1.  I am blessed to be married to my beautiful wife, Carolyn, who is a police officer.  We were next door neighbors when I was in college and my pick-up line to sweep her off her feet was the following, "What kind of gun do you like to shoot?".  The rest, as they say, is history.

2.  I have 4 children ranging from 19 to 8, and they are my everything.  When I'm not working, I'm with them.  They are a trip and drive me crazy on an hourly basis.

3.  I love to hunt, particularly duck hunt.  While I haven't been as faithful to hunting in the last 3 years, it is a huge release for me.  Yes, I used Duck Commander products long before anyone knew they existed.

4.  Running is my therapy and think-time.  I have a goal to run a half marathon by the end of the year.  I don't think I'll make it by January 1, but I will by March.

5.  Soccer is my favorite sport.  Nothing else comes close.  I played it as a kid, coached it as a dad and love to watch English Premier League football.  Arsenal is probably my favorite of the big teams, but I love to watch the 2nd tier teams pull off upsets.

6.  I love the following movies.

  • Smokey and the Bandit (Yes, Bill.  Jackie Gleason made this a classic.)
  • Lonesome Dove (It's a Texas thing)
  • Braveheart (Ultimate Leadership Movie)
  • Ferris Bueller's Day Off (Timeless Classic)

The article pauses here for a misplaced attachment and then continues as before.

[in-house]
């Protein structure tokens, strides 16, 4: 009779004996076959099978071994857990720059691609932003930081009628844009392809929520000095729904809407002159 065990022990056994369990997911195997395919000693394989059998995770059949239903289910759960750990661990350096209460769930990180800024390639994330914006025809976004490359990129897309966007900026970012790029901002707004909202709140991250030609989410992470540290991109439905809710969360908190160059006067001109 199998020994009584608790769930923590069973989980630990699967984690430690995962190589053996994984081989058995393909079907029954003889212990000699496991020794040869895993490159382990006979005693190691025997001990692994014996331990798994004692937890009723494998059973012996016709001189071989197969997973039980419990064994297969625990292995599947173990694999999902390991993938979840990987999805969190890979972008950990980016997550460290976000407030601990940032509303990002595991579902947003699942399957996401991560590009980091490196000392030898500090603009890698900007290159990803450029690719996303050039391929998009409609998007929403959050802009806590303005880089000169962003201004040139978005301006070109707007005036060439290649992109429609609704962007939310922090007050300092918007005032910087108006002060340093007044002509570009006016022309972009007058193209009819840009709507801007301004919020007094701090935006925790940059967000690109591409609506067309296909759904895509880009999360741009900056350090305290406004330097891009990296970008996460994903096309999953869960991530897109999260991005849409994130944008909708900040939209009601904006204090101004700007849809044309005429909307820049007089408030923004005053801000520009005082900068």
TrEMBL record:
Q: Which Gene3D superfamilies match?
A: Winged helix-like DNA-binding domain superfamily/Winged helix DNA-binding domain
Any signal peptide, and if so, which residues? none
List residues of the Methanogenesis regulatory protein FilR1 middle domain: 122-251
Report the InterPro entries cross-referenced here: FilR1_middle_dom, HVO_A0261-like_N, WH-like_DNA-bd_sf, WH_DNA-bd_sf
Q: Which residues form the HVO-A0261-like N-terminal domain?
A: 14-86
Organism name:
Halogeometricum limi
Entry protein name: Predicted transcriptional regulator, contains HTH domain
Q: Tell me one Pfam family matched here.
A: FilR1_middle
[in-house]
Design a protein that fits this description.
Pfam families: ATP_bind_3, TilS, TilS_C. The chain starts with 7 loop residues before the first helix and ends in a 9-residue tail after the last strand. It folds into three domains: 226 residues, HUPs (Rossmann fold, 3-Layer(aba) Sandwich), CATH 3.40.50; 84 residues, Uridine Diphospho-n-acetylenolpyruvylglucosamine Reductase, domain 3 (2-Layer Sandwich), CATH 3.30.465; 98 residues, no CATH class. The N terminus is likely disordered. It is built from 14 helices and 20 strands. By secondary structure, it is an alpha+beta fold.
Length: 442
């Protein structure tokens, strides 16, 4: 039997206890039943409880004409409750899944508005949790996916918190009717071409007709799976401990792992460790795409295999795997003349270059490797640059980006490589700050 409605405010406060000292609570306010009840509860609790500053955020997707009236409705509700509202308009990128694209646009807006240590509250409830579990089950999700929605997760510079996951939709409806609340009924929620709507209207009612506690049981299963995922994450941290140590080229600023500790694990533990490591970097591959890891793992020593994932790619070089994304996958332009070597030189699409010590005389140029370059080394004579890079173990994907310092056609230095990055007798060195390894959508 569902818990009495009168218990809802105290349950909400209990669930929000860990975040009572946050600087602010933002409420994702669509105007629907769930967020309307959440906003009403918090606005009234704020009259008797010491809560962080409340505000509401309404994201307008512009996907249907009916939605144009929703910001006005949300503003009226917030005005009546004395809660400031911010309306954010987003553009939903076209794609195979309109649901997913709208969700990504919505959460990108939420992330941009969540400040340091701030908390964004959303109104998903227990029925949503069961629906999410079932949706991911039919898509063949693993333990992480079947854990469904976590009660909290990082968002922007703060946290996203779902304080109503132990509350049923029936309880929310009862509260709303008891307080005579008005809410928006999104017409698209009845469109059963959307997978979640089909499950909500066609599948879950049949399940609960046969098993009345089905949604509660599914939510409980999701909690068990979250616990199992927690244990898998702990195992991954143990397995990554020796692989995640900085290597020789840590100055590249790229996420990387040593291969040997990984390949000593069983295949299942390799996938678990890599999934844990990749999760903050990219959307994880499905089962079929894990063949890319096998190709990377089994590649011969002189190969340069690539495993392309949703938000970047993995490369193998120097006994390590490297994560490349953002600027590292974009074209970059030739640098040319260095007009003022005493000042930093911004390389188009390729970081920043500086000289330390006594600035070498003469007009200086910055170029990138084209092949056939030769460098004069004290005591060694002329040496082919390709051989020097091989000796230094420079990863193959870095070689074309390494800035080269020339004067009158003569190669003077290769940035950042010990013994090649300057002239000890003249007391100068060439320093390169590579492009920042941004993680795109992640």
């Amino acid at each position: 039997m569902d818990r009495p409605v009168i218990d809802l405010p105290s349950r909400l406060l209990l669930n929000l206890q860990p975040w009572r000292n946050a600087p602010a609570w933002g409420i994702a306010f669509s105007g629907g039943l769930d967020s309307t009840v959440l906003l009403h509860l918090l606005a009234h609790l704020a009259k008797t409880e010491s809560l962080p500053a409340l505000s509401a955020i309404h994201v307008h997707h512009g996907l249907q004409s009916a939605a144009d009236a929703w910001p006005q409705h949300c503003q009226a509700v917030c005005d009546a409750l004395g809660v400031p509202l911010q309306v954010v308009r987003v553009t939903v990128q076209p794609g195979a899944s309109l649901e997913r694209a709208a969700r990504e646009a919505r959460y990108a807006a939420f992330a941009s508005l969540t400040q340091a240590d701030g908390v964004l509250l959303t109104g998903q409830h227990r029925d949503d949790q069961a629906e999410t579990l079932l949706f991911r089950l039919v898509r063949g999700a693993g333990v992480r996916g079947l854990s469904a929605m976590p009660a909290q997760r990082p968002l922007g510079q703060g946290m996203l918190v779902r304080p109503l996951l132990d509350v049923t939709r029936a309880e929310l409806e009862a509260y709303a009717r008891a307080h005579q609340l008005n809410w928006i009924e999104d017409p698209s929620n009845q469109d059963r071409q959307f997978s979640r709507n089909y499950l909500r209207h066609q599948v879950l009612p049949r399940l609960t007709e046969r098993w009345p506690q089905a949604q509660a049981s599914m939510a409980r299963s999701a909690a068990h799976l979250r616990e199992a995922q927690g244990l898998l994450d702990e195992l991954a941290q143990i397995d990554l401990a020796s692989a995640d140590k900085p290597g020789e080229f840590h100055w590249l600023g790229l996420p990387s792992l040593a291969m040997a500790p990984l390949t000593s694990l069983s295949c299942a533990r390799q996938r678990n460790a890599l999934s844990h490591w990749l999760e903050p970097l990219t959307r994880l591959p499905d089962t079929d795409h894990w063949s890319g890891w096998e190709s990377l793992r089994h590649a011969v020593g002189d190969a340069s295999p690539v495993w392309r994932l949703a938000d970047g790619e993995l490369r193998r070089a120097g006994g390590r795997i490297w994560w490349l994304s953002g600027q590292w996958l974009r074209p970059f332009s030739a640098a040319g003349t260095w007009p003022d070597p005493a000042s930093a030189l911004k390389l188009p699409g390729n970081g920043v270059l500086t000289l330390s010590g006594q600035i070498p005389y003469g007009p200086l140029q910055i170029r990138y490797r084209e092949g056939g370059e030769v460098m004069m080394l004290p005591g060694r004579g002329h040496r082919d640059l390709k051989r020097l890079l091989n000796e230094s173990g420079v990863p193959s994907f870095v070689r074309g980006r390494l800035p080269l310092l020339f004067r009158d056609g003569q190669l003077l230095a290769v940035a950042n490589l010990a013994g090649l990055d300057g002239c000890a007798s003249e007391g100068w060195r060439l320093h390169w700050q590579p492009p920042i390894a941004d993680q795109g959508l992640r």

• National Lampoons' Christmas Vacation (Christmas can't exist without it)
  • Breakfast Club (Yes, I'm an 80's kid)
7. If I could pack up and go anywhere for a month, it would be Spain, England and Italy.

8. I got my degree in vocal performance and was trained to be an opera singer.

9. My dream job would be a professional hunting guide.

10.  I can't watch Modern Family without hitting the replay button.  Christopher Lloyd is the best writer  since Shakespeare, and can string together a conversation of punch lines. His writing is genius. 

11.  I wouldn't be where I am without my faith in Jesus.  I lean on him everyday.

My Second Task - Answer Bill's Questions

Bill, these questions are hilarious.  Thanks for asking...

  1. Grande Soy Green Tea Frappuccino with Extra Whip or House Blend Black?
    1. Definitely House Blend Black (Don't have time for all that foo-foo stuff)  What the heck is the first thing anyway?
  2. If you were going to write a book, what would its title be?
    1. I just completed my first book for submission and have lots of ideas of titles, but currently the proposed title is "The Axiom of Transformational School Leadership".
  3. Rate graphic novels on a scale of 1-10, with 1 representing “useless” and 10 representing “simply amazing.”
    1. Don't have time for that.  Sadly, I only read educational and leadership literature.  I am definitely an informational text kinda guy.
  4. What member of your digital network has had the greatest impact on your professional growth?
    1. Bill Ferriter, Mike Mattos, Dan Rockwell, Steven Weber